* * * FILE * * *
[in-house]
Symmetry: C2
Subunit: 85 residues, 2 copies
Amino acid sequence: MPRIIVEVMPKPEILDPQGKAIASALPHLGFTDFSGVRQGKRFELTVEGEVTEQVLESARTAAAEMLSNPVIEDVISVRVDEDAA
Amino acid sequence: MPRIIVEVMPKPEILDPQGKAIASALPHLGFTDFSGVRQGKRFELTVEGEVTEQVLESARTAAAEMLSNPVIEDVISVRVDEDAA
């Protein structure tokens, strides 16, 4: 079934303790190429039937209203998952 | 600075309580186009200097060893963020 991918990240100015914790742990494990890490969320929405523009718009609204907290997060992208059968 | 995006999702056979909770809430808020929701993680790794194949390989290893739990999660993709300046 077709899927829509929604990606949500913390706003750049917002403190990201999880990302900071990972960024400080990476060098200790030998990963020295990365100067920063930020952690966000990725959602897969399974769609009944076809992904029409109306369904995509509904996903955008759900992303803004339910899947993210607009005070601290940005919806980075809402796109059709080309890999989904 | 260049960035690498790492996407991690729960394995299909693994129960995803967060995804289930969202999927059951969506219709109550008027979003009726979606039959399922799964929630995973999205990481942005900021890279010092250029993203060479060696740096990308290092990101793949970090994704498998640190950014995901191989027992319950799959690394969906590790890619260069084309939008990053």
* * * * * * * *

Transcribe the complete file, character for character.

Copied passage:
[in-house]
Symmetry: C2
Subunit: 85 residues, 2 copies
Amino acid sequence: MPRIIVEVMPKPEILDPQGKAIASALPHLGFTDFSGVRQGKRFELTVEGEVTEQVLESARTAAAEMLSNPVIEDVISVRVDEDAA
Amino acid sequence: MPRIIVEVMPKPEILDPQGKAIASALPHLGFTDFSGVRQGKRFELTVEGEVTEQVLESARTAAAEMLSNPVIEDVISVRVDEDAA
């Protein structure tokens, strides 16, 4: 079934303790190429039937209203998952 | 600075309580186009200097060893963020 991918990240100015914790742990494990890490969320929405523009718009609204907290997060992208059968 | 995006999702056979909770809430808020929701993680790794194949390989290893739990999660993709300046 077709899927829509929604990606949500913390706003750049917002403190990201999880990302900071990972960024400080990476060098200790030998990963020295990365100067920063930020952690966000990725959602897969399974769609009944076809992904029409109306369904995509509904996903955008759900992303803004339910899947993210607009005070601290940005919806980075809402796109059709080309890999989904 | 260049960035690498790492996407991690729960394995299909693994129960995803967060995804289930969202999927059951969506219709109550008027979003009726979606039959399922799964929630995973999205990481942005900021890279010092250029993203060479060696740096990308290092990101793949970090994704498998640190950014995901191989027992319950799959690394969906590790890619260069084309939008990053």